The English that Feels Weird in Your Chinese

02 Mar 2017

Anyone that has studied Chinese for a while and made it to at least the intermediate level will notice that certain English words are used. Sometimes it’s words that seem cool or trendy to use in English, like “Starbucks” or “Doctor Strange.” Other times it’s English acronyms that are just easy to keep in English rather than translating into Chinese, such as “FBI” or “NBA” or “MBA.” And still other times, it’s “false acronyms” with Chinese characteristics such as “PPT” (for Powerpoint presentations) or “APP” (for “app”).

I’m not talking about any of those. These are all fairly easy to pick up and incorporate into one’s daily conversations. I’m talking about another kind, while not difficult at all to understand, made me cringe a little at first. And now, even though I’m quite used to them, I can’t really stomach using them in my own speech. But these are words that I hear even people that don’t speak much English using.

Some examples!

  1. make sense: most notably, the phrase “不make sense.” (I recall Jenny used to use this on ChinesePod occasionally, but she’s not the only Chinese person to use this English phrase in Chinese!)
  2. man: this means “manly,” as in “很man
  3. fashion: this means “fashionable,” as in “很fashion
  4. in: used as an adjective to describe fads or trends, as in “很in
  5. out: used to describe what’s NOT cool, but this time as either an adjective or as a verb: “太out了” or “你out了
  6. OK: although sometimes this word feels just like it does in English, there’s something about the phrase “也OK” instead of “也可以” that always feels odd to me
  7. high (often written as ““): I’ve never heard this used in the “drug high” sense; it’s always in the “natural high” sense, as in “玩得很high” for “have/had a blast”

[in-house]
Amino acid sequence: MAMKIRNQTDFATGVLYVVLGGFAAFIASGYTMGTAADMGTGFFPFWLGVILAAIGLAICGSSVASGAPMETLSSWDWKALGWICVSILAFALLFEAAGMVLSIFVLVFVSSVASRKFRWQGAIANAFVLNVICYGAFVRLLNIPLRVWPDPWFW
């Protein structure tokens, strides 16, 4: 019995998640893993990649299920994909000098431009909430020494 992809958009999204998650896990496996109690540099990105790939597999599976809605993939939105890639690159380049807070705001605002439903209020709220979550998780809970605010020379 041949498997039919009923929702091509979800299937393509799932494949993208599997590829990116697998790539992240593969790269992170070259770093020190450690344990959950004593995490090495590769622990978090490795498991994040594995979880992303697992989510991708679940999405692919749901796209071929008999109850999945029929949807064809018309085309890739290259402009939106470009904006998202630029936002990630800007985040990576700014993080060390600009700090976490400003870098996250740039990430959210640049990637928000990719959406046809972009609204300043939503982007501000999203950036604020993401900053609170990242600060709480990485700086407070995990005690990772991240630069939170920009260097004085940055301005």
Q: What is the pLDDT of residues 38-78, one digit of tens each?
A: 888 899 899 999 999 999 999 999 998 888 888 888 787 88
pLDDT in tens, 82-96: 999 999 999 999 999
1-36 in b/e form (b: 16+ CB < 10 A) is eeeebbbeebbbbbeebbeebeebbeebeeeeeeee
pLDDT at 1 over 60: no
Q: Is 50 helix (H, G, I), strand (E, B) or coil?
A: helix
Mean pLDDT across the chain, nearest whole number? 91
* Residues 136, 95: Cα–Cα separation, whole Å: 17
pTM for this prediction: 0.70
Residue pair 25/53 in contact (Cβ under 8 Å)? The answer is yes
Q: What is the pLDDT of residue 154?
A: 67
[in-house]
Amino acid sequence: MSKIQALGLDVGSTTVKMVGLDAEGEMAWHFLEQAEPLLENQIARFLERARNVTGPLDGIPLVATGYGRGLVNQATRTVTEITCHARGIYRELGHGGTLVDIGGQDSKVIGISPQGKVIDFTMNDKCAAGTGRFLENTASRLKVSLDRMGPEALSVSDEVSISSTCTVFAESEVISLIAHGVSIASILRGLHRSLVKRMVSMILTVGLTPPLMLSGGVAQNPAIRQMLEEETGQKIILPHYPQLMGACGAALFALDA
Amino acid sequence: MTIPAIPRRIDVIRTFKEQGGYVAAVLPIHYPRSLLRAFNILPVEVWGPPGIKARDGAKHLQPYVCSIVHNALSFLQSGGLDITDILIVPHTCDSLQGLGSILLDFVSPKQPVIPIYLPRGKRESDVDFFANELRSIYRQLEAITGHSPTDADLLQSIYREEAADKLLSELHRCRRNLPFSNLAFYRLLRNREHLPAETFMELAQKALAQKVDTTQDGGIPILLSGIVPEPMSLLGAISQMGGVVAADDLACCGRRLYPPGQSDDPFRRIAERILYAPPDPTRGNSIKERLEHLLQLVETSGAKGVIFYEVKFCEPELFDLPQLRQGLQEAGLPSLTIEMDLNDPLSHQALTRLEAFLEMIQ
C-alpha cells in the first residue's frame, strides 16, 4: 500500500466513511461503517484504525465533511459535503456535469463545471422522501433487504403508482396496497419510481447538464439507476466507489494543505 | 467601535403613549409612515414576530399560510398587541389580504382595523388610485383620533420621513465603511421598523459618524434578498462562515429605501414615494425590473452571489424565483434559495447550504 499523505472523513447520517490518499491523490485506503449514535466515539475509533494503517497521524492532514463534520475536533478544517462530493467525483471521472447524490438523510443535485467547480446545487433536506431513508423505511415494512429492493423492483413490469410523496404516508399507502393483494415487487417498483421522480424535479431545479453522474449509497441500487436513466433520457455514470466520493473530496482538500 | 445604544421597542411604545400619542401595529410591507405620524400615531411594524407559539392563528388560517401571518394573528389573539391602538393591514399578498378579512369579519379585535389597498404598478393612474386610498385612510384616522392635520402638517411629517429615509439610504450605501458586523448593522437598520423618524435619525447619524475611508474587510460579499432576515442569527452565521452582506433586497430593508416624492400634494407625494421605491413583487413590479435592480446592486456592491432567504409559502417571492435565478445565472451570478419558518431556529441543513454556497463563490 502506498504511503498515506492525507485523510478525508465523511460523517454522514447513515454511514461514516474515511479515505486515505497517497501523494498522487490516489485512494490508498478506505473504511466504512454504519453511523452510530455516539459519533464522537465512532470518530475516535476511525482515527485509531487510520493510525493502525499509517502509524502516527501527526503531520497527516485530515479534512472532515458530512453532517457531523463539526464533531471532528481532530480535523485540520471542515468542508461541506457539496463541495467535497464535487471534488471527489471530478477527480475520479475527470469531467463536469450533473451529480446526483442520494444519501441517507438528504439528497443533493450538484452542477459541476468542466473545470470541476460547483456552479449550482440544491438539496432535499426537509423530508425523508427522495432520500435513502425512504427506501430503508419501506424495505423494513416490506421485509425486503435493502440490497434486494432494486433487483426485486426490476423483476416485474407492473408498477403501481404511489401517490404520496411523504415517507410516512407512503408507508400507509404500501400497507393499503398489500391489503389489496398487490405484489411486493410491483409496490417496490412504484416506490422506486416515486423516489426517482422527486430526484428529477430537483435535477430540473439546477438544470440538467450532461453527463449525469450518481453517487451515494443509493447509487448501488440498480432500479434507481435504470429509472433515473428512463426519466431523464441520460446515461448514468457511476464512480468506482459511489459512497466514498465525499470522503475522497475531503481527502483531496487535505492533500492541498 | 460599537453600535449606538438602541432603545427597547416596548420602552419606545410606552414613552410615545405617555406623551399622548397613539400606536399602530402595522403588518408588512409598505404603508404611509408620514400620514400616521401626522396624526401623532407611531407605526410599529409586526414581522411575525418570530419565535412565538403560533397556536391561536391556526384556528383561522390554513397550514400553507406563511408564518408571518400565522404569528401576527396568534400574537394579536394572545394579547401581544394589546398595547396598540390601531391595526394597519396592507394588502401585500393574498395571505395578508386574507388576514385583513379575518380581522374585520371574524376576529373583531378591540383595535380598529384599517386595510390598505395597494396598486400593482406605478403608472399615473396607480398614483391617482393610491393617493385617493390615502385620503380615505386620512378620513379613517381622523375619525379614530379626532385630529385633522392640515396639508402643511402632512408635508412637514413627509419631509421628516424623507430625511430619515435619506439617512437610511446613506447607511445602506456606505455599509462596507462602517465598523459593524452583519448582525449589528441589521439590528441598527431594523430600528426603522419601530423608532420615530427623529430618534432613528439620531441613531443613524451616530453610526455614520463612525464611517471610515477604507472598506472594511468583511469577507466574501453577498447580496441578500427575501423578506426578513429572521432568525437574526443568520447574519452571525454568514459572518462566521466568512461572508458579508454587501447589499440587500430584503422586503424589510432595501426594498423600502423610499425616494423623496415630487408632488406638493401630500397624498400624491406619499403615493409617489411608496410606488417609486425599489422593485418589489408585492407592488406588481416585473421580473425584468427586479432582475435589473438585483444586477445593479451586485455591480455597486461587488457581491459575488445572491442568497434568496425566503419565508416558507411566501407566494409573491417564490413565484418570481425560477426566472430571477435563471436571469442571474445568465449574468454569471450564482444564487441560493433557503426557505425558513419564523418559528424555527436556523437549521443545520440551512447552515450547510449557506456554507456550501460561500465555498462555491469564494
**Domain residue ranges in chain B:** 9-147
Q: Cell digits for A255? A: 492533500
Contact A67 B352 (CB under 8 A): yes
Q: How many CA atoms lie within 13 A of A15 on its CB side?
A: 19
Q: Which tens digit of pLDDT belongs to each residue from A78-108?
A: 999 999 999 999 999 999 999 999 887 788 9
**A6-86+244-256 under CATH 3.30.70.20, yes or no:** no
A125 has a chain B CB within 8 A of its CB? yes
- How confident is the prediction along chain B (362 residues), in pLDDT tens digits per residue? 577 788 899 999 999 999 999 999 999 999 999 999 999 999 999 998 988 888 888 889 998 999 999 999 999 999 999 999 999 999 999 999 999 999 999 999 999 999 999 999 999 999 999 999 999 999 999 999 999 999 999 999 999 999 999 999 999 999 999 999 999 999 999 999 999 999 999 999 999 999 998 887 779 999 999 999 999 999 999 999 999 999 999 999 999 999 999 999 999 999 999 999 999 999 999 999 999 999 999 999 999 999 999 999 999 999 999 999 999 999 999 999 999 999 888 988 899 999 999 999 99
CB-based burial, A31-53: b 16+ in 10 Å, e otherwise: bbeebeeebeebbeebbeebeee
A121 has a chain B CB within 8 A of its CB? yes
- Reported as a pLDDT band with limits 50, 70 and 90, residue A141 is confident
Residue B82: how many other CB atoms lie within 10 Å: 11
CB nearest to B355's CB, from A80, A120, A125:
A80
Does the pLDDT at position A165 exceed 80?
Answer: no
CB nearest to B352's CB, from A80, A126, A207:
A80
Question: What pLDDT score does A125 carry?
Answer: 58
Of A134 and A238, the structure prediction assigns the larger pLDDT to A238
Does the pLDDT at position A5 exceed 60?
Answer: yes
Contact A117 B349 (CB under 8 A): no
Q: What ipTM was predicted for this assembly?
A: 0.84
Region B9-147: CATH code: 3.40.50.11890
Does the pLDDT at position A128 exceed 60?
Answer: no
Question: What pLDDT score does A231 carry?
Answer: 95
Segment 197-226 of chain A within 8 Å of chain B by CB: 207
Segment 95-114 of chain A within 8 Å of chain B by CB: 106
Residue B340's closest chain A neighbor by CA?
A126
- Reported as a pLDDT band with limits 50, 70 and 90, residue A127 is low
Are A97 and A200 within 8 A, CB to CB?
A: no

8. get: this seems to be a synonym for , as in “只有你能get我
  9. down: a verb, short for “download”

Here are some examples collected from the web. Many of them seem to be from Taiwanese sources.

in

out

man

high

fashion

To be clear, this is not just regular “Chinglish,” where English gets randomly mixed in with Chinese. These are words that seem to have snuck into common usage among young people (maybe first in Taiwan?), even when those people don’t speak much English, and don’t necessarily even have an international education.

Do these usages feel weird coming out of your own mouth? Or can you use them naturally?

What other examples can you share?

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John Pasden

John is a Shanghai-based linguist and entrepreneur, founder of AllSet Learning.

Comments

  1. I think you brush up to the real story but pull back. The main source of linguistic innovation, especially with borrowings, in on Taiwan. In your examples, the English words are integrated with the Hanzi script. This has been suppressed, if not outright banned in the mainland media, by Xinhua and other related ministries. There is much more anxiety in mainland society about maintained Chineseness; whereas, I suspect, this sort of language dynamic is regarded as one way for the Taiwanese to develop their own identity.